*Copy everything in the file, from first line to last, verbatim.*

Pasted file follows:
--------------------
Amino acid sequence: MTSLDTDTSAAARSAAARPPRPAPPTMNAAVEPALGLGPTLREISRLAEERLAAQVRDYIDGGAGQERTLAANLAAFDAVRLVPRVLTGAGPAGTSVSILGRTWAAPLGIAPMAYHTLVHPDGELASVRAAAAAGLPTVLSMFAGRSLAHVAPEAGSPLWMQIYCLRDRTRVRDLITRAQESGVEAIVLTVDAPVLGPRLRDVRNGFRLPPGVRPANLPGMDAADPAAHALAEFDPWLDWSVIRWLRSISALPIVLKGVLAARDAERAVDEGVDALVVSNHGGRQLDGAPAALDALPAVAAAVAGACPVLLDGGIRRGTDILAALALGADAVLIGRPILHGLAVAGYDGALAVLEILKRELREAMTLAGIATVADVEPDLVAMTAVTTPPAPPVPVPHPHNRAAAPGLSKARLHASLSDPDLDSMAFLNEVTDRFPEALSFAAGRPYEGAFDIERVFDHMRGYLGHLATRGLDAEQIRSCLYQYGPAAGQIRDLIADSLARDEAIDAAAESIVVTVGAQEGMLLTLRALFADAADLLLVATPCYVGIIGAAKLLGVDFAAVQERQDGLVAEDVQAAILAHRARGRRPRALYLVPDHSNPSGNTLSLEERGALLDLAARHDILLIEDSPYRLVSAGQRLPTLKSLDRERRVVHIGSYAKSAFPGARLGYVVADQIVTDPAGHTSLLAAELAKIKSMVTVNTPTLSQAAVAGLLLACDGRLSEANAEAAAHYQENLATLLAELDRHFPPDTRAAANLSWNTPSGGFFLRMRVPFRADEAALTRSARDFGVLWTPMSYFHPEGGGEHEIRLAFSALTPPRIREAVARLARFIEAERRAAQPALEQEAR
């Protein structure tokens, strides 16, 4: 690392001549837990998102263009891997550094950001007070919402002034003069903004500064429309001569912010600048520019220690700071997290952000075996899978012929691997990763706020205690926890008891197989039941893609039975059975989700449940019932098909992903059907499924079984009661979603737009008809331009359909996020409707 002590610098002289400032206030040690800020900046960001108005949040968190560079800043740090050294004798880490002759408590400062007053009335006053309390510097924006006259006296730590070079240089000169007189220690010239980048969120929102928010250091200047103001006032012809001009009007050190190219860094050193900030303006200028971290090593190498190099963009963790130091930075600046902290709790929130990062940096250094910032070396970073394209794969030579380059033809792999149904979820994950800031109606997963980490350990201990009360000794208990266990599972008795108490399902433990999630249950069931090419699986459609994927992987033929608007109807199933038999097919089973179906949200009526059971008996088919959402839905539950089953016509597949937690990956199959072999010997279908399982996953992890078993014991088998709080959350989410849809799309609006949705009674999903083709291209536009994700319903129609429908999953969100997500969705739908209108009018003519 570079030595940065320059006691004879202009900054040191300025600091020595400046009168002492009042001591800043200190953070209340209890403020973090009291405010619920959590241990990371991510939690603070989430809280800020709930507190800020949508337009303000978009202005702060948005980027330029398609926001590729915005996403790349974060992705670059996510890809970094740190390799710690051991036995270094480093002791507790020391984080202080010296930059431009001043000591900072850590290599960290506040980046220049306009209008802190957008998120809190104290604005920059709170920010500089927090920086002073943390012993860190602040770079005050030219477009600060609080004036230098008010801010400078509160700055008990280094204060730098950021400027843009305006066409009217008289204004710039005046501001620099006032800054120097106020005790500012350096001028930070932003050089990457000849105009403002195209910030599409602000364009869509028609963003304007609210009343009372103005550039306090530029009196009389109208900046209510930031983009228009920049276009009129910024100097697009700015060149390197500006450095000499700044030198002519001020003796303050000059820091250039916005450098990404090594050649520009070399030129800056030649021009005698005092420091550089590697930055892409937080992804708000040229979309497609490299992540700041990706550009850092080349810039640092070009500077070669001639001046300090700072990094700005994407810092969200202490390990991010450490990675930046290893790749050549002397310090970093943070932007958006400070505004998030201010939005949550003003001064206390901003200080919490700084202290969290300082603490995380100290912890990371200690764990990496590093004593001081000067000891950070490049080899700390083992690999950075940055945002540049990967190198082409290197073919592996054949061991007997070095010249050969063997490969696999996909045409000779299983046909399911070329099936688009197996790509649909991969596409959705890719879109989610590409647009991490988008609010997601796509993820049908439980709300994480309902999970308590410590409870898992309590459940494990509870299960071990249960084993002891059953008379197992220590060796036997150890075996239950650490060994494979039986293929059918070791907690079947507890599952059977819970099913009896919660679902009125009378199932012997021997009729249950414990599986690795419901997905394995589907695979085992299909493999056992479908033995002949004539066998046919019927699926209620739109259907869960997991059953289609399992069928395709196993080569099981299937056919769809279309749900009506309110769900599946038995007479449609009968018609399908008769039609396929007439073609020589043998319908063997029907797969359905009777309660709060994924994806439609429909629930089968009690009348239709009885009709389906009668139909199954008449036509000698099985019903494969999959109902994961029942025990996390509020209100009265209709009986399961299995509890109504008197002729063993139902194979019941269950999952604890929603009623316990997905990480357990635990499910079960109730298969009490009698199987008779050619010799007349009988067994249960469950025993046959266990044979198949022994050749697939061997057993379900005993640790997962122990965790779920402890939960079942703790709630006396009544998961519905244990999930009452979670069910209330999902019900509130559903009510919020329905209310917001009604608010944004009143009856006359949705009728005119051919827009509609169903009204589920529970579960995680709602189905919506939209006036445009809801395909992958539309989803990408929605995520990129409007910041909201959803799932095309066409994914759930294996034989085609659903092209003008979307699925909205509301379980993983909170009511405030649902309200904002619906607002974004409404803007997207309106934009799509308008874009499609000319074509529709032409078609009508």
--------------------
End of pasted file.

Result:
Amino acid sequence: MTSLDTDTSAAARSAAARPPRPAPPTMNAAVEPALGLGPTLREISRLAEERLAAQVRDYIDGGAGQERTLAANLAAFDAVRLVPRVLTGAGPAGTSVSILGRTWAAPLGIAPMAYHTLVHPDGELASVRAAAAAGLPTVLSMFAGRSLAHVAPEAGSPLWMQIYCLRDRTRVRDLITRAQESGVEAIVLTVDAPVLGPRLRDVRNGFRLPPGVRPANLPGMDAADPAAHALAEFDPWLDWSVIRWLRSISALPIVLKGVLAARDAERAVDEGVDALVVSNHGGRQLDGAPAALDALPAVAAAVAGACPVLLDGGIRRGTDILAALALGADAVLIGRPILHGLAVAGYDGALAVLEILKRELREAMTLAGIATVADVEPDLVAMTAVTTPPAPPVPVPHPHNRAAAPGLSKARLHASLSDPDLDSMAFLNEVTDRFPEALSFAAGRPYEGAFDIERVFDHMRGYLGHLATRGLDAEQIRSCLYQYGPAAGQIRDLIADSLARDEAIDAAAESIVVTVGAQEGMLLTLRALFADAADLLLVATPCYVGIIGAAKLLGVDFAAVQERQDGLVAEDVQAAILAHRARGRRPRALYLVPDHSNPSGNTLSLEERGALLDLAARHDILLIEDSPYRLVSAGQRLPTLKSLDRERRVVHIGSYAKSAFPGARLGYVVADQIVTDPAGHTSLLAAELAKIKSMVTVNTPTLSQAAVAGLLLACDGRLSEANAEAAAHYQENLATLLAELDRHFPPDTRAAANLSWNTPSGGFFLRMRVPFRADEAALTRSARDFGVLWTPMSYFHPEGGGEHEIRLAFSALTPPRIREAVARLARFIEAERRAAQPALEQEAR
């Protein structure tokens, strides 16, 4: 690392001549837990998102263009891997550094950001007070919402002034003069903004500064429309001569912010600048520019220690700071997290952000075996899978012929691997990763706020205690926890008891197989039941893609039975059975989700449940019932098909992903059907499924079984009661979603737009008809331009359909996020409707 002590610098002289400032206030040690800020900046960001108005949040968190560079800043740090050294004798880490002759408590400062007053009335006053309390510097924006006259006296730590070079240089000169007189220690010239980048969120929102928010250091200047103001006032012809001009009007050190190219860094050193900030303006200028971290090593190498190099963009963790130091930075600046902290709790929130990062940096250094910032070396970073394209794969030579380059033809792999149904979820994950800031109606997963980490350990201990009360000794208990266990599972008795108490399902433990999630249950069931090419699986459609994927992987033929608007109807199933038999097919089973179906949200009526059971008996088919959402839905539950089953016509597949937690990956199959072999010997279908399982996953992890078993014991088998709080959350989410849809799309609006949705009674999903083709291209536009994700319903129609429908999953969100997500969705739908209108009018003519 570079030595940065320059006691004879202009900054040191300025600091020595400046009168002492009042001591800043200190953070209340209890403020973090009291405010619920959590241990990371991510939690603070989430809280800020709930507190800020949508337009303000978009202005702060948005980027330029398609926001590729915005996403790349974060992705670059996510890809970094740190390799710690051991036995270094480093002791507790020391984080202080010296930059431009001043000591900072850590290599960290506040980046220049306009209008802190957008998120809190104290604005920059709170920010500089927090920086002073943390012993860190602040770079005050030219477009600060609080004036230098008010801010400078509160700055008990280094204060730098950021400027843009305006066409009217008289204004710039005046501001620099006032800054120097106020005790500012350096001028930070932003050089990457000849105009403002195209910030599409602000364009869509028609963003304007609210009343009372103005550039306090530029009196009389109208900046209510930031983009228009920049276009009129910024100097697009700015060149390197500006450095000499700044030198002519001020003796303050000059820091250039916005450098990404090594050649520009070399030129800056030649021009005698005092420091550089590697930055892409937080992804708000040229979309497609490299992540700041990706550009850092080349810039640092070009500077070669001639001046300090700072990094700005994407810092969200202490390990991010450490990675930046290893790749050549002397310090970093943070932007958006400070505004998030201010939005949550003003001064206390901003200080919490700084202290969290300082603490995380100290912890990371200690764990990496590093004593001081000067000891950070490049080899700390083992690999950075940055945002540049990967190198082409290197073919592996054949061991007997070095010249050969063997490969696999996909045409000779299983046909399911070329099936688009197996790509649909991969596409959705890719879109989610590409647009991490988008609010997601796509993820049908439980709300994480309902999970308590410590409870898992309590459940494990509870299960071990249960084993002891059953008379197992220590060796036997150890075996239950650490060994494979039986293929059918070791907690079947507890599952059977819970099913009896919660679902009125009378199932012997021997009729249950414990599986690795419901997905394995589907695979085992299909493999056992479908033995002949004539066998046919019927699926209620739109259907869960997991059953289609399992069928395709196993080569099981299937056919769809279309749900009506309110769900599946038995007479449609009968018609399908008769039609396929007439073609020589043998319908063997029907797969359905009777309660709060994924994806439609429909629930089968009690009348239709009885009709389906009668139909199954008449036509000698099985019903494969999959109902994961029942025990996390509020209100009265209709009986399961299995509890109504008197002729063993139902194979019941269950999952604890929603009623316990997905990480357990635990499910079960109730298969009490009698199987008779050619010799007349009988067994249960469950025993046959266990044979198949022994050749697939061997057993379900005993640790997962122990965790779920402890939960079942703790709630006396009544998961519905244990999930009452979670069910209330999902019900509130559903009510919020329905209310917001009604608010944004009143009856006359949705009728005119051919827009509609169903009204589920529970579960995680709602189905919506939209006036445009809801395909992958539309989803990408929605995520990129409007910041909201959803799932095309066409994914759930294996034989085609659903092209003008979307699925909205509301379980993983909170009511405030649902309200904002619906607002974004409404803007997207309106934009799509308008874009499609000319074509529709032409078609009508």